There is so much gloom-and-doom news every day about fundraising that ZimNotes decided to tell a success story about a preschool. There are lessons here for everyone.
When we started working with a wonderful preschool in Berkeley, California, called Step One School, we asked them about their fundraising methods (other than tuition) and discovered that the school's main activity was a dinner with an auction. This event required countless staff and volunteer hours (the school had no development director; the co-directors did all of the staff fundraising work), and netted a pittance. Occasionally a board member would send a friendly holiday letter that would garner a few donations. No follow-up, no tracking of donors, and an event that grew more burdensome each year, burning out many folks along the way.
Marketing the Charity Auction Fundraiser by Seth Godin
How much would you pay for a twenty dollar bill?
In tough times, many schools and non-profits rely on charity fundraisers, and a popular one is the auction. The method is simple: supporters donate things, and then they're auctioned off, with all proceeds going to charity.
Why Don't More Businesses Help Out Non-Profits by Lance Winslow
The other day at a Chamber of Commerce meeting at the "Enclave Apartments" myself and several other Coachella Valley community business owners were talking in a group about how each of us believed that giving back to the community was the right thing to do. Indeed, I was humbled as each member of the group explained what they were doing to keep our community strong. One person asked why more businesses do not help out non-profits in our community.
Key Axioms to Remember in Fundraising by Jeff Groenewald
17 Key Principles to Raising Funds in the Non Profit World.
Silly Fundraisers Can Raise Serious Money by Howard Gottlieb
Fundraising should be fun, right? Well, why is it that people would rather have teeth pulled than participate in another fundraiser? What the world needs is more silly fundraisers to make fundraising fun again.
So how do you hold silly fundraisers?
Green Fundraising: An Eco-friendly Fundraiser by Deane Brengle
Ten years ago if you told someone that you were doing a green fundraiser they would have given you a vacant look. "Green Awareness" and the "Green Movement" had yet to be coined as everyday terms.
Today, pretty much everyone knows what going green means. Most corporations, manufacturers, and businesses are racing to produce earth friendly products, use recycled materials, or develop production methods that don't harm the environment. So it doesn't take a rocket scientist to figure out that pretty soon it would trickle down to school fundraising.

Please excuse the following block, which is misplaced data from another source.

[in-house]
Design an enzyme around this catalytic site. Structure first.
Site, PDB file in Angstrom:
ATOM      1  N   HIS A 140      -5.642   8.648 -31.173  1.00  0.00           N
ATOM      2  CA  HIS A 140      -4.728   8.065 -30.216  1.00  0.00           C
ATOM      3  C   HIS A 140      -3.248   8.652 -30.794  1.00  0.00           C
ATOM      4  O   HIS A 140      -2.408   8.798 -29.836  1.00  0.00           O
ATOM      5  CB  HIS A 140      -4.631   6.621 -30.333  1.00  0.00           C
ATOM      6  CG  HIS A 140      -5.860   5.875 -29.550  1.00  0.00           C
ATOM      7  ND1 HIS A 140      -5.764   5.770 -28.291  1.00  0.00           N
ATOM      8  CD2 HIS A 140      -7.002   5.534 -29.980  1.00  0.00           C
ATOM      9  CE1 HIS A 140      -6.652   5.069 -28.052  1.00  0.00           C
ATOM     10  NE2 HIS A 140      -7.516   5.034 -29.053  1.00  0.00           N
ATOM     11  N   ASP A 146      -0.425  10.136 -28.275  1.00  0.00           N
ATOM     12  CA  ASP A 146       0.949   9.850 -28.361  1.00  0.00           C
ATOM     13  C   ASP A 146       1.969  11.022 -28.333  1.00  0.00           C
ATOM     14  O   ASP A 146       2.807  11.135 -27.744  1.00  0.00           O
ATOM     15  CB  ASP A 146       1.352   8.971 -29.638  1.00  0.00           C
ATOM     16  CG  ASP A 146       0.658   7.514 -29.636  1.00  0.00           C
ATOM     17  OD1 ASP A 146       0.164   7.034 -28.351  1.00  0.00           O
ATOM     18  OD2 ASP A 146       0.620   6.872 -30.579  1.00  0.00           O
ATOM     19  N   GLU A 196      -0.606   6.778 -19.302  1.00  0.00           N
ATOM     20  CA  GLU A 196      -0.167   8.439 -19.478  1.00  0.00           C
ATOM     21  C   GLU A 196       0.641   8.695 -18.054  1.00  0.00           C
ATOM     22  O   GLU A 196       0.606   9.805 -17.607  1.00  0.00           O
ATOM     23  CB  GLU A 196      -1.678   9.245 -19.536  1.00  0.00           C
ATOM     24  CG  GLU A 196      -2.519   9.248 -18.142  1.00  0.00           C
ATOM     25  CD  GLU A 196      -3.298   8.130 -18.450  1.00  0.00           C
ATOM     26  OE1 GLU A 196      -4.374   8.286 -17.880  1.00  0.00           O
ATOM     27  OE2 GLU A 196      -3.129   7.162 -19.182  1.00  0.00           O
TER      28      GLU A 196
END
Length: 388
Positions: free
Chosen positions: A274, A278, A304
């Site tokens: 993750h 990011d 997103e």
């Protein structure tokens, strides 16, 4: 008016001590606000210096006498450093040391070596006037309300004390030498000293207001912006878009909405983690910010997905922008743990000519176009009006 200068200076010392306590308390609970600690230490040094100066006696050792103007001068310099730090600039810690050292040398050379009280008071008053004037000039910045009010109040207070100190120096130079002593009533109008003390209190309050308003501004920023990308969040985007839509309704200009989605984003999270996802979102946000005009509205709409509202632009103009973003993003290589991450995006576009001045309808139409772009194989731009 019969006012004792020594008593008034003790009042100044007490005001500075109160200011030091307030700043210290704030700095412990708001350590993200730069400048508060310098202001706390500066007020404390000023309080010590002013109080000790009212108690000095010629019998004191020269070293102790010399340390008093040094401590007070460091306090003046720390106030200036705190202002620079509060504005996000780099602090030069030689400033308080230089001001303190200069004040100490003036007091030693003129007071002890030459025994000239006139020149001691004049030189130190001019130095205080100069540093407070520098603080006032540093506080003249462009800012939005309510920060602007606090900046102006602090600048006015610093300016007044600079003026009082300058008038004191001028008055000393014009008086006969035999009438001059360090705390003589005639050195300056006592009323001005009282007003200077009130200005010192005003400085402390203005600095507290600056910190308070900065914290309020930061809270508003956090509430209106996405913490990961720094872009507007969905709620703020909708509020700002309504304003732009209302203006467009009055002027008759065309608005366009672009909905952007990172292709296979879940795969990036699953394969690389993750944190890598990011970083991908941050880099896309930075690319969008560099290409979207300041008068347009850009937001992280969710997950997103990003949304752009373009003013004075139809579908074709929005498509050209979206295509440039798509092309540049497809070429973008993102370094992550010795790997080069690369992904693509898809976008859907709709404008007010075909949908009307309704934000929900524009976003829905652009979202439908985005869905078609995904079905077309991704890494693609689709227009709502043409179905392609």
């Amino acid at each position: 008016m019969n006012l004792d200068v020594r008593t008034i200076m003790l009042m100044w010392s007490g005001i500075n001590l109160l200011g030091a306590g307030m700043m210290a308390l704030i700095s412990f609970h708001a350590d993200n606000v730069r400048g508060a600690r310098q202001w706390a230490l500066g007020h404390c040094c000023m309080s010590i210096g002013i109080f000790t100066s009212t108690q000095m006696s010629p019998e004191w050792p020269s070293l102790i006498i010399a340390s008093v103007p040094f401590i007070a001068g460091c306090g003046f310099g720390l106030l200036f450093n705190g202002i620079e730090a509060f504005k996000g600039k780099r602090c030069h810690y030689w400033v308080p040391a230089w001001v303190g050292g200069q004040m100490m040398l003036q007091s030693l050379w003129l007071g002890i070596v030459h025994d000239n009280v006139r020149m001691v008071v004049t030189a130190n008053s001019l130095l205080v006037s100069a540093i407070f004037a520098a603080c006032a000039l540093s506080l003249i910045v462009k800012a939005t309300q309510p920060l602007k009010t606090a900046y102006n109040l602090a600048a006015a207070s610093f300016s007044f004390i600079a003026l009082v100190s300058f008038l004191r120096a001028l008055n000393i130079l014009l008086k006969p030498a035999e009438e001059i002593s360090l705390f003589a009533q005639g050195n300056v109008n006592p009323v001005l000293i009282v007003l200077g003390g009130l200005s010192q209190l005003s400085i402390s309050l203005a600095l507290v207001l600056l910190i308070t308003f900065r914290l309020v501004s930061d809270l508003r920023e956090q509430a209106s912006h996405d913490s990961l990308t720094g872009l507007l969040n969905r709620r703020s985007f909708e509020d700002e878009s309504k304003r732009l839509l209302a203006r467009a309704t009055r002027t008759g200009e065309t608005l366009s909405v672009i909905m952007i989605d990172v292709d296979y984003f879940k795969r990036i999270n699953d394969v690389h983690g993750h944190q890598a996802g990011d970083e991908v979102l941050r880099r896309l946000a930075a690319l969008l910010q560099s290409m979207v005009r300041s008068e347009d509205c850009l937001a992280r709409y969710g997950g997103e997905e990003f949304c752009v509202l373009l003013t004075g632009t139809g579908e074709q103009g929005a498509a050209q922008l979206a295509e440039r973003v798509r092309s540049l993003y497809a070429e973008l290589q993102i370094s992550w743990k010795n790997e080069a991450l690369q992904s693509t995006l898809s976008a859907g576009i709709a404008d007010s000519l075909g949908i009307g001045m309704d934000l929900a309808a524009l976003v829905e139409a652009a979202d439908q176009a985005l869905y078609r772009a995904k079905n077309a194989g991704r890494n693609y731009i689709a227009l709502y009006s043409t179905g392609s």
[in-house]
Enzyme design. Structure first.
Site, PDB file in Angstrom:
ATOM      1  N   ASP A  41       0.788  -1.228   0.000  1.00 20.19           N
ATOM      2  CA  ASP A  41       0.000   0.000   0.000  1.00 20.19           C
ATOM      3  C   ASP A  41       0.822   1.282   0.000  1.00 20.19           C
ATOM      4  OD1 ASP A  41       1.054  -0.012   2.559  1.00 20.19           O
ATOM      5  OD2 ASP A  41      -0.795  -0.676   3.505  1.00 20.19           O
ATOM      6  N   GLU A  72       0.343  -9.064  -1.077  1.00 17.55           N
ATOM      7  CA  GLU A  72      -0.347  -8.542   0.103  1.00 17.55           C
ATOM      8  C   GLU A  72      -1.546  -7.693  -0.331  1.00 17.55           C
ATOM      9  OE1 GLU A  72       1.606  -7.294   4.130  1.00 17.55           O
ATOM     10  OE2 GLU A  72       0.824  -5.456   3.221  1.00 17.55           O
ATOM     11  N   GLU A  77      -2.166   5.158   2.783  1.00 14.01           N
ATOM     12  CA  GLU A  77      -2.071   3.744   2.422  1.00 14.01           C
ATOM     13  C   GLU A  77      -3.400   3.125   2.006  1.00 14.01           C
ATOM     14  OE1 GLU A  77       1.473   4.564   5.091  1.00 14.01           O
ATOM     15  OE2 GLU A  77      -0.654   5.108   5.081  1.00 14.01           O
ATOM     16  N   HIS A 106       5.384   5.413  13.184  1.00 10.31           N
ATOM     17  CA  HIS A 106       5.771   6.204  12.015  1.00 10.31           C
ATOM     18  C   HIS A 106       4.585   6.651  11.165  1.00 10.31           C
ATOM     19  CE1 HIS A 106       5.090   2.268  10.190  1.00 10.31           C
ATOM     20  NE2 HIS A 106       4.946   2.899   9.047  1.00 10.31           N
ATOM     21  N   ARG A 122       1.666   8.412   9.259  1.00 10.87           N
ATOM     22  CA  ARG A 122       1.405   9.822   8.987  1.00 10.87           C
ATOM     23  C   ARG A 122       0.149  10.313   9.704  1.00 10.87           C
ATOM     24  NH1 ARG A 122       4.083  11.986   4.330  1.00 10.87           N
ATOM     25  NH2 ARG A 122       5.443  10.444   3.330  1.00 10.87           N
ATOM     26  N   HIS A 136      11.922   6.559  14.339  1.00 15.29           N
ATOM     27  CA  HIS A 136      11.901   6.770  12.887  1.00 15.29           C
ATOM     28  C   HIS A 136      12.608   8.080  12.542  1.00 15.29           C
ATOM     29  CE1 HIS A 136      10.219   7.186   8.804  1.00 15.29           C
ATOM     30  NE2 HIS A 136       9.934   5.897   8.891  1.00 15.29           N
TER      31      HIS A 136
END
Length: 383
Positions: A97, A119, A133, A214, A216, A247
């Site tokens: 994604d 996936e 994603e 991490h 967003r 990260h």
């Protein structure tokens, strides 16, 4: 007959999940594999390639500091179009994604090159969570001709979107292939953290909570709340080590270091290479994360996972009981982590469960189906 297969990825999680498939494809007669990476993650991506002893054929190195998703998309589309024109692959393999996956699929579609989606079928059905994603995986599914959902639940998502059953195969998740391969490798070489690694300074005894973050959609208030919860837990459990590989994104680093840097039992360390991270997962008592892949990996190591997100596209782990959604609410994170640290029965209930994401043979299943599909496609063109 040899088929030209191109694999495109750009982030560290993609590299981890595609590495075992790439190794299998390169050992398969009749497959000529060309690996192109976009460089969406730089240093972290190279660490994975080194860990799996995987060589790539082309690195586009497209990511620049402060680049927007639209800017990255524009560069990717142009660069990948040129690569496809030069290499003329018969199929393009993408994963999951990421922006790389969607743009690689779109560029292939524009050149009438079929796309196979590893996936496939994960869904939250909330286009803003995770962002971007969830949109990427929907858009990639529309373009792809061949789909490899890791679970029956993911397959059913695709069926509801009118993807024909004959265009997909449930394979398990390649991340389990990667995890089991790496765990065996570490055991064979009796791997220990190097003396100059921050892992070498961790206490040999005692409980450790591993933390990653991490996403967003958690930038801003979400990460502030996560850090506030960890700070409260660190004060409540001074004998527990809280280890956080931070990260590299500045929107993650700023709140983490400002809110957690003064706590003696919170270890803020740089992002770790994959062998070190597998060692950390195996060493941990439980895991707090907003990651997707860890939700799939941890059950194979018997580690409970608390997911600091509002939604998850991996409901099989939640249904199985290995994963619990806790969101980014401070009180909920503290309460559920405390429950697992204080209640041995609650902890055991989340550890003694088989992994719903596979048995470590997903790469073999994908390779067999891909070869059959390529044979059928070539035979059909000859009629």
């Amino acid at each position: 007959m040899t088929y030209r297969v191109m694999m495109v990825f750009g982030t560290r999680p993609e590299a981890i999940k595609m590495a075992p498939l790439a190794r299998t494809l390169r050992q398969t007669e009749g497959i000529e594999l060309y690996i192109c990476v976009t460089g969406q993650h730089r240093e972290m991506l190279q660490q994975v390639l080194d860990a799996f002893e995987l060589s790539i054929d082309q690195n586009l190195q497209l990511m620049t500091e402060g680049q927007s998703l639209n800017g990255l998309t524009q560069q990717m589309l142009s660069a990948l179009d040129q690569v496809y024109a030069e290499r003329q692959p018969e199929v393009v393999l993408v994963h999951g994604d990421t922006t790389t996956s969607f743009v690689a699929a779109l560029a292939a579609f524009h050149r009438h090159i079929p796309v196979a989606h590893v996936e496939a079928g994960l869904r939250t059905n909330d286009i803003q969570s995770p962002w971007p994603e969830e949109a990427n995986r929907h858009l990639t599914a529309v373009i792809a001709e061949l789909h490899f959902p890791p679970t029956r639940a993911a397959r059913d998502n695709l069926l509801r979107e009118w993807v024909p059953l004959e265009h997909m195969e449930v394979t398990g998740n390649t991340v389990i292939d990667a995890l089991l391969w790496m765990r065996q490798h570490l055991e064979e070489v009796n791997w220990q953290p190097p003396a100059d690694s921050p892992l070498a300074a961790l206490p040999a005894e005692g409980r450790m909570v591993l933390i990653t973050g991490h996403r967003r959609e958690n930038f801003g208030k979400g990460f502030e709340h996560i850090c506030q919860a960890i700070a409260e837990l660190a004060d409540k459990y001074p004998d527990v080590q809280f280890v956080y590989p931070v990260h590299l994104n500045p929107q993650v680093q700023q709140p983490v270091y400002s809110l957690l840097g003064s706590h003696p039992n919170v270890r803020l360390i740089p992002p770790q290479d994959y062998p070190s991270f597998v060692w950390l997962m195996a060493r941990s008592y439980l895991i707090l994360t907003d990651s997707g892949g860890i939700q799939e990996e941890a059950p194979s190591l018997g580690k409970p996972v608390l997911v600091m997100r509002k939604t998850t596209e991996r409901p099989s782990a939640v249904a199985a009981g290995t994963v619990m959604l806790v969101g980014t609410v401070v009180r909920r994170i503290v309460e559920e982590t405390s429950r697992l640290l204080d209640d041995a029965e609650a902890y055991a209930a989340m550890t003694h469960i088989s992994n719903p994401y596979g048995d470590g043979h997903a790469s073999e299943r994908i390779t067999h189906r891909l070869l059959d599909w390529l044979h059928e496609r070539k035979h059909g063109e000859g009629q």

Ron Brandow, of EZFund.com, says, "Many of our current fundraisers and groups were expressing an interest in renewable products and green fundraisers. We could see the market need".
Green fundraising isn’t as difficult as you might imagine, there are a number of things that you can do and sell to make your fundraising environmentally friendly.
Reaching Your Fundraising Goals in a Weak Economy by the AFRDS
You probably were not thinking about the state of the U.S. economy when you volunteered to head up your school's fall fundraiser. High gas prices and the rising cost of groceries were not top of mind when you raised your hand. It's understandable. Most people would say the slumping U.S. economy is a topic better suited for CNN than PTO. But the slumping economy is certainly having an impact on school and other non-profit budgets. It will influence how much money your group needs to raise and how it is spent. If parents pay annual dues, expect at least a slight drop in membership (and revenue). Be prepared to write bigger checks for field trips due to higher fuel costs. And because discretionary spending has declined among most American households, it's more important than ever to get the most "bang for your buck" by running efficient, profitable fundraisers.
Thanking Donors: The "Stick Letter" by Deane Brengle
I was recently reminded by marketing expert Marcia Yudkin about the importance of properly thanking a customer after they have made their first purchase. In marketing terms it's called the "stick letter".
As Marcia puts it, "A "stick letter" gets that name because it helps the sale "stick" - this is, it decreases the chance that the purchaser asks for a refund. It does that in several ways: by stating the appropriate expectations for and the benefits of the product; by explaining how to get started using the product; and by saying what to do in case of questions."